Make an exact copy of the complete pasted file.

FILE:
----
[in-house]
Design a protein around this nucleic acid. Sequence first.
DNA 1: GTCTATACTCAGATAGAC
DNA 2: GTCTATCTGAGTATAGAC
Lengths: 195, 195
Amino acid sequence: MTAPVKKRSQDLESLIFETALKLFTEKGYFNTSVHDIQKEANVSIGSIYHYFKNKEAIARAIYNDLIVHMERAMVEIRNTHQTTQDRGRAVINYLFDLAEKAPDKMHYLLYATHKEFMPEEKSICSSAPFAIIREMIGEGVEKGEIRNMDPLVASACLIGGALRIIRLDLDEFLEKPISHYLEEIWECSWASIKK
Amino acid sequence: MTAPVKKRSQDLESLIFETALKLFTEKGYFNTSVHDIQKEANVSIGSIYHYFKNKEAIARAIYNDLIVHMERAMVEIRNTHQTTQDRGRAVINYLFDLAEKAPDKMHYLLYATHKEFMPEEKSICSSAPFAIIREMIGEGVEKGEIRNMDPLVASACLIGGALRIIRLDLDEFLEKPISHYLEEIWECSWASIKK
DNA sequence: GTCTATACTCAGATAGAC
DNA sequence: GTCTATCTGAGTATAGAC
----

[in-house]
Design a protein around this nucleic acid. Sequence first.
DNA 1: GTCTATACTCAGATAGAC
DNA 2: GTCTATCTGAGTATAGAC
Lengths: 195, 195
Amino acid sequence: MTAPVKKRSQDLESLIFETALKLFTEKGYFNTSVHDIQKEANVSIGSIYHYFKNKEAIARAIYNDLIVHMERAMVEIRNTHQTTQDRGRAVINYLFDLAEKAPDKMHYLLYATHKEFMPEEKSICSSAPFAIIREMIGEGVEKGEIRNMDPLVASACLIGGALRIIRLDLDEFLEKPISHYLEEIWECSWASIKK
Amino acid sequence: MTAPVKKRSQDLESLIFETALKLFTEKGYFNTSVHDIQKEANVSIGSIYHYFKNKEAIARAIYNDLIVHMERAMVEIRNTHQTTQDRGRAVINYLFDLAEKAPDKMHYLLYATHKEFMPEEKSICSSAPFAIIREMIGEGVEKGEIRNMDPLVASACLIGGALRIIRLDLDEFLEKPISHYLEEIWECSWASIKK
DNA sequence: GTCTATACTCAGATAGAC
DNA sequence: GTCTATCTGAGTATAGAC